Remember: everything is negotiable, even for small businesses, from the rent on office space to the cost of advertising. That’s true in good times, even more so in hard times.
To keep cash flowing, stay lean. Take a close look at expenses: Are you over-ordering supplies? Can you restrict operating hours to save on utility charges? Figure out where you can cut your overhead, make a new plan, and then stick to it.
Test fresh talent. When the economy declines, larger numbers of smart, experienced people enter the market as contractors and freelancers. It’s a great time to try out new people.
Sell globally. As the dollar drops, your products get cheaper for overseas buyers. That makes exporting easier. And the Internet brings you a worldwide audience, so finding customers in other countries is simpler than ever.
Welcome — warily — new investors. It’s tempting to sell a stake in your company or take on partners when times are tough. That could be a great strategy. (International investors may be particularly interested because of the cheap dollar.) But make sure the relationship is one that will work over time.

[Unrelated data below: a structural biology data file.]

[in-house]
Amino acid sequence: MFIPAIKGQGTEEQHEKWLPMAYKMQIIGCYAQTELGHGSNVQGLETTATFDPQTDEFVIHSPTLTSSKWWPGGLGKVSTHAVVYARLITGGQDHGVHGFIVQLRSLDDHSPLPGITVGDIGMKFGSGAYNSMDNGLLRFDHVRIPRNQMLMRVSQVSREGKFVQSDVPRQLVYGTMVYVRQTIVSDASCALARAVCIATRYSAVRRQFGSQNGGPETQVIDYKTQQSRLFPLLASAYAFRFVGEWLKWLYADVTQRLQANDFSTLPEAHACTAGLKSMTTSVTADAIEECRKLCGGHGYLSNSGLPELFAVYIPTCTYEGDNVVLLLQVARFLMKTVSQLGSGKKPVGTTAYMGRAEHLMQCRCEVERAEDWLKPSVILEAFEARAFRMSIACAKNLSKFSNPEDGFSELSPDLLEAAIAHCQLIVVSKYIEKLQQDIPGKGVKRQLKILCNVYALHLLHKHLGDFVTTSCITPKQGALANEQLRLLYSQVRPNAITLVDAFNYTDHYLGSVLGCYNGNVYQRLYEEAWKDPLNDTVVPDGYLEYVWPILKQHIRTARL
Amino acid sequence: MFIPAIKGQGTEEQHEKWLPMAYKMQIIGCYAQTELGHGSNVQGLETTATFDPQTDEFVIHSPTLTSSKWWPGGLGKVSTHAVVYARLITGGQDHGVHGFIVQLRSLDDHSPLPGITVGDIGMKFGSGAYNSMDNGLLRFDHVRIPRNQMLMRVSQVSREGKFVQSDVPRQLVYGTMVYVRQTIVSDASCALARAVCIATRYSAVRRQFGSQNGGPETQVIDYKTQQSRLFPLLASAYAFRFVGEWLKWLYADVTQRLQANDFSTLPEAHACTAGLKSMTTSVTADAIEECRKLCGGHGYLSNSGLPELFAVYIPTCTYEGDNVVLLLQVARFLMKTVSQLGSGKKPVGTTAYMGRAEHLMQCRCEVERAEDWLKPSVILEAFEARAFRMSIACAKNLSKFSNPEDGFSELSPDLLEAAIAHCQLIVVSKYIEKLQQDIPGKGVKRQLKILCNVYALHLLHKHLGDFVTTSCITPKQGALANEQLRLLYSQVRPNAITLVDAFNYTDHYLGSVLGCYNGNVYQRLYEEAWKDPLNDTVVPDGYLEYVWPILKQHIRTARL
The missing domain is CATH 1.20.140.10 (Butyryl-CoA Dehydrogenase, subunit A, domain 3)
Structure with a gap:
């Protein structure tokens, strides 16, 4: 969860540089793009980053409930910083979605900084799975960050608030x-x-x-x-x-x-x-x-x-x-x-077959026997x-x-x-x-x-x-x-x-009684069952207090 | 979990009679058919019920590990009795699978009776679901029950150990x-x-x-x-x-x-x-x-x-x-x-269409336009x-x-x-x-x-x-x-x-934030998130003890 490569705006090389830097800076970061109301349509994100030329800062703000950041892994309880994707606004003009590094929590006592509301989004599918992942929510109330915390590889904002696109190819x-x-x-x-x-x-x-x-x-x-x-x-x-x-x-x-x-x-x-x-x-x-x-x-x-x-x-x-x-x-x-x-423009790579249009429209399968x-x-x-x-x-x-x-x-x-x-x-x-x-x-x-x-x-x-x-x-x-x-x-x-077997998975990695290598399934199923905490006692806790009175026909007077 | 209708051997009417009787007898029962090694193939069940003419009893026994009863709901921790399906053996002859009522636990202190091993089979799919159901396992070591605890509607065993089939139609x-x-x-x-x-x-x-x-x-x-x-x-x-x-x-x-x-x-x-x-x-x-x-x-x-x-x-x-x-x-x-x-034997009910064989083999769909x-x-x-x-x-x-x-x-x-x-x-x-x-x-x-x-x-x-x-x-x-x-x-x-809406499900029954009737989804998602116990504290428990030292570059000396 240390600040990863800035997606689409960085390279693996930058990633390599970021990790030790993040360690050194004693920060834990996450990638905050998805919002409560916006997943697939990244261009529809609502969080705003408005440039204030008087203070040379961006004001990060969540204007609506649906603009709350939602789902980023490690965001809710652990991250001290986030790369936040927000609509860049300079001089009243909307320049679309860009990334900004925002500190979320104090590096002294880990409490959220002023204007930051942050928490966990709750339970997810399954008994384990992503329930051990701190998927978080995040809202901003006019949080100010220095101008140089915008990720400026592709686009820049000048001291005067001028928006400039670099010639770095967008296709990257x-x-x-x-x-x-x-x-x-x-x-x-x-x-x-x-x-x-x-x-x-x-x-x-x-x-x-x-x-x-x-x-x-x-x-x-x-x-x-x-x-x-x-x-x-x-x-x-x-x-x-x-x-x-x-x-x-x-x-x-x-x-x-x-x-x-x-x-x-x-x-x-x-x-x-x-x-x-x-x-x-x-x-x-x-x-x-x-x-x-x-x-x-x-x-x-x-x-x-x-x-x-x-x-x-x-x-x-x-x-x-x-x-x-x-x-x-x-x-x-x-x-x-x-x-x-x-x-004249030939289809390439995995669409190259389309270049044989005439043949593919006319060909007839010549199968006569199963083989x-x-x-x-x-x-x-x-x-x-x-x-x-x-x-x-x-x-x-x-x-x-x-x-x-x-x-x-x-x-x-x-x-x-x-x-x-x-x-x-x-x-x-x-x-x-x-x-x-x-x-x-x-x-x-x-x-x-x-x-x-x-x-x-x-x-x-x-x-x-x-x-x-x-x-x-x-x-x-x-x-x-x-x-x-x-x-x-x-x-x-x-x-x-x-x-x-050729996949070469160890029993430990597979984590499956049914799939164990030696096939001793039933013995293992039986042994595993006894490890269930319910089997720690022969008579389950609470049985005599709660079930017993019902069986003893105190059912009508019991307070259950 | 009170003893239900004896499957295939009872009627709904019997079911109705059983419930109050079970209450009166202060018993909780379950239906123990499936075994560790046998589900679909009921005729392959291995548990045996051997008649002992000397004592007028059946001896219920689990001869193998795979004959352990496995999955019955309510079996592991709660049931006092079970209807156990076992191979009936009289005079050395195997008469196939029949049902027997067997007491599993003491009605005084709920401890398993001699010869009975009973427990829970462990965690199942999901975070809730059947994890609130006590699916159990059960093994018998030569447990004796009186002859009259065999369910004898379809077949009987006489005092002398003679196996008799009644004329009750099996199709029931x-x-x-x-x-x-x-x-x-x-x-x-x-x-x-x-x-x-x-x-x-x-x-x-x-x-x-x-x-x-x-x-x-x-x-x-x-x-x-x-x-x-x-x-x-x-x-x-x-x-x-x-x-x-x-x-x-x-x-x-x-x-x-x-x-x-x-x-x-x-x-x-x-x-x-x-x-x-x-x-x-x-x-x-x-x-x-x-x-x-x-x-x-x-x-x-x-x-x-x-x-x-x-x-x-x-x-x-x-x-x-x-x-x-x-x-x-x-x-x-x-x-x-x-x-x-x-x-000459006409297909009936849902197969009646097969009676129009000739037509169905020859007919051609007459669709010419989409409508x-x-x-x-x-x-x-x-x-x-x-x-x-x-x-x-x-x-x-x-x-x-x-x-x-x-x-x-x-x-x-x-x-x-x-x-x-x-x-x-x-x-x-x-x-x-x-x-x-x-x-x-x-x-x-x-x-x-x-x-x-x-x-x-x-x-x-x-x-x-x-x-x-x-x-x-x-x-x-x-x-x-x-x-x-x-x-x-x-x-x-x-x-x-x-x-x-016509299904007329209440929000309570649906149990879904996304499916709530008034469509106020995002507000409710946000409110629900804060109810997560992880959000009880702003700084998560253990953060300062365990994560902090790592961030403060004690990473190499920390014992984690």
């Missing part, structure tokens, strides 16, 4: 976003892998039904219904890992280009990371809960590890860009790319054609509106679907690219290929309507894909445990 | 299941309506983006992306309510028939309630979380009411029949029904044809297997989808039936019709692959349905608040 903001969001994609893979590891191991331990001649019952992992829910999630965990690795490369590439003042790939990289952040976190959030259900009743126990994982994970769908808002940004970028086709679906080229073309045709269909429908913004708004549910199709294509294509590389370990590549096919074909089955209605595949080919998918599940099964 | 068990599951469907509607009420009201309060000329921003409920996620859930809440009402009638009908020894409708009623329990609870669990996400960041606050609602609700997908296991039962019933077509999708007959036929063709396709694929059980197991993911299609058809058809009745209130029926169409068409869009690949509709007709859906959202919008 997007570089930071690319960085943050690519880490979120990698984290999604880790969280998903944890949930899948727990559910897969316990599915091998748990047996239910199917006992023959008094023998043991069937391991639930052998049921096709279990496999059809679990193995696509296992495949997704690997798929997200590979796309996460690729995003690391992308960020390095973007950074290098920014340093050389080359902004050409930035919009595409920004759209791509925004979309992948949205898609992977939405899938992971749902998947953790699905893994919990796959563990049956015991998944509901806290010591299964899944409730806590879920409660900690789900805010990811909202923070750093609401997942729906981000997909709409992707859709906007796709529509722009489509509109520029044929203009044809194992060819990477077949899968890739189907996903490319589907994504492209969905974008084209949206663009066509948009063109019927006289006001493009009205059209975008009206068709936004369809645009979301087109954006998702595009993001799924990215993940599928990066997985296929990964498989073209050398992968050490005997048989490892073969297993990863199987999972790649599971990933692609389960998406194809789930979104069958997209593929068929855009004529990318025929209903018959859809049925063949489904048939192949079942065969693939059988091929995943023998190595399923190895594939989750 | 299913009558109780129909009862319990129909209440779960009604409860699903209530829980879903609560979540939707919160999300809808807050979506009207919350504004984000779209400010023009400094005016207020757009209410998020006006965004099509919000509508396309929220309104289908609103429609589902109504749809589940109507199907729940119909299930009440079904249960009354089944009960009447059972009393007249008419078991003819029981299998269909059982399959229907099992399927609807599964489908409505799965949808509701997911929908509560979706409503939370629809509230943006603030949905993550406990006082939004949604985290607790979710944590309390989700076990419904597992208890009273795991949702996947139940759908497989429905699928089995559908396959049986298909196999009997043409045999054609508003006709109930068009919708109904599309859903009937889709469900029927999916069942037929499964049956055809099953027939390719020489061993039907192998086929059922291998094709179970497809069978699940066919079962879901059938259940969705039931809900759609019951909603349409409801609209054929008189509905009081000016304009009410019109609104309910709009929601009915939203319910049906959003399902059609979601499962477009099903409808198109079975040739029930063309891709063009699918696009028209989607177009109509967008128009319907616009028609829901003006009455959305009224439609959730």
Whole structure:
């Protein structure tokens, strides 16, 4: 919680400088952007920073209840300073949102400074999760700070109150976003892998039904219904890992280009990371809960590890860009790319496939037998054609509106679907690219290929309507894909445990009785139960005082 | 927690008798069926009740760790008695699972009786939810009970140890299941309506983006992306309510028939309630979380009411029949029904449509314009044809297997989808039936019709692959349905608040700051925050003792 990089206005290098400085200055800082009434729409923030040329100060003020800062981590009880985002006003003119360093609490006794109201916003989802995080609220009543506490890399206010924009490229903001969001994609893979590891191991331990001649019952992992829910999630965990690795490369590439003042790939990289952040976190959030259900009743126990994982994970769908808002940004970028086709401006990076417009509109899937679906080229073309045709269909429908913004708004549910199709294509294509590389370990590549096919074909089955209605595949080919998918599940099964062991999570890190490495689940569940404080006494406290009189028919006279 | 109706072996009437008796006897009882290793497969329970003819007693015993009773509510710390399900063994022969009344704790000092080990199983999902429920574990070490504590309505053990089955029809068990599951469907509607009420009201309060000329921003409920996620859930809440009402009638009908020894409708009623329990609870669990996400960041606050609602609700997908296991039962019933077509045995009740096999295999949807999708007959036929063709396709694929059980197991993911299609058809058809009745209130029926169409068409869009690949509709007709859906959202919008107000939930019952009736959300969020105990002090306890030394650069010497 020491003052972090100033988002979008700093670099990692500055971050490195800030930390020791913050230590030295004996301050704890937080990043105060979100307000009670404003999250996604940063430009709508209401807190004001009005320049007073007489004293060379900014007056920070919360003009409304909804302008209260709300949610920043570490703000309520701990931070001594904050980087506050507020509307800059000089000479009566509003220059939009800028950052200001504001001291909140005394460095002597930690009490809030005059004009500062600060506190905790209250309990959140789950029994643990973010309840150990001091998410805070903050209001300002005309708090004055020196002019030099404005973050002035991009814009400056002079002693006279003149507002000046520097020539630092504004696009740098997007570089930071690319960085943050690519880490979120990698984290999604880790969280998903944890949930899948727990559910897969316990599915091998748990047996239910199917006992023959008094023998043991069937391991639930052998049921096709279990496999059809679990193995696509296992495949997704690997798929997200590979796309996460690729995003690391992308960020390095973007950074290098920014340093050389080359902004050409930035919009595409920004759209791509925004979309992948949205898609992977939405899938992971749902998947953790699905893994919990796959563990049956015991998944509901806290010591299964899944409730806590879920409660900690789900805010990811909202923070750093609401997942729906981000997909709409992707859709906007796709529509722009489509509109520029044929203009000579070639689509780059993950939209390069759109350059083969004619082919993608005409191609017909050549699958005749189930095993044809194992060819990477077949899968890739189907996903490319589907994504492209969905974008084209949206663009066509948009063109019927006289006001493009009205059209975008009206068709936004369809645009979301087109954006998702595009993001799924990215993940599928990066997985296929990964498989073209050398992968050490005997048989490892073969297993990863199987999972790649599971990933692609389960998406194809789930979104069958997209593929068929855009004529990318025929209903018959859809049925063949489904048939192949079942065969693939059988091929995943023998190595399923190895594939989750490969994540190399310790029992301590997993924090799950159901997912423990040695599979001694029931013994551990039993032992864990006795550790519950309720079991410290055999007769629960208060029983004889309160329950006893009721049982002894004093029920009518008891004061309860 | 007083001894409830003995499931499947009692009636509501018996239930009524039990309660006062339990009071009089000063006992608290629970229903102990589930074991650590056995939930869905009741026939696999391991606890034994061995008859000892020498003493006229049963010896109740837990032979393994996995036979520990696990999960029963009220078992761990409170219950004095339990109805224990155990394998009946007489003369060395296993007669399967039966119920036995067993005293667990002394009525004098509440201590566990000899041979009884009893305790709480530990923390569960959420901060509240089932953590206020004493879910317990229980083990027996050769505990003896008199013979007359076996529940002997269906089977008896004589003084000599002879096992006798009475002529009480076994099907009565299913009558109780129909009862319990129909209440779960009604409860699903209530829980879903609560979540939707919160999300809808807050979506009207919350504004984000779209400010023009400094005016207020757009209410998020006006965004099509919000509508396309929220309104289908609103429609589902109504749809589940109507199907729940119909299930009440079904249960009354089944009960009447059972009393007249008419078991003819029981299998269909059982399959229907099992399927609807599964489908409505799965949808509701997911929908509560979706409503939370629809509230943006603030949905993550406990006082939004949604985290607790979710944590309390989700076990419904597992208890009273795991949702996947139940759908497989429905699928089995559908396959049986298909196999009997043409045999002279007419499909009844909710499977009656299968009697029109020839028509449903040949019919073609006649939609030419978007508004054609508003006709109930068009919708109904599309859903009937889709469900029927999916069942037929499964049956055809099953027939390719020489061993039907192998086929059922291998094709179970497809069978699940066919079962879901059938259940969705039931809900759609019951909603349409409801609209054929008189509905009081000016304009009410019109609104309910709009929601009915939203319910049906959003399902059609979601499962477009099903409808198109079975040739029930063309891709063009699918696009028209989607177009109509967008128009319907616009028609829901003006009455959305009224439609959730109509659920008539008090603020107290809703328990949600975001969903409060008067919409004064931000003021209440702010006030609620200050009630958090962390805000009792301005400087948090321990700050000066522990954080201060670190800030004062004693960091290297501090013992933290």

Go online. For financial help, the Internet keeps getting better. You can get up-to-the-minute information — on mortgage and car loan rates, for example. Graphics and interactive tools make complex information more digestible. Some sites are very specific.
For the name of a fee-only financial planner, go to the National Association of Personal Financial Advisors:
Or check out sites for individual planners, such as Karen C. Altfest, a source for this story:
Business owners can try the Small Business Administration, the National Association of Women Business Owners, or Key Bank, also a source for this story:
Other sites give a mix of general financial advice and information, from how to roll over a 401(k) to hints for investing in commodities. Try these:
— Jolie Solomon
Originally published in MORE magazine, May 2008.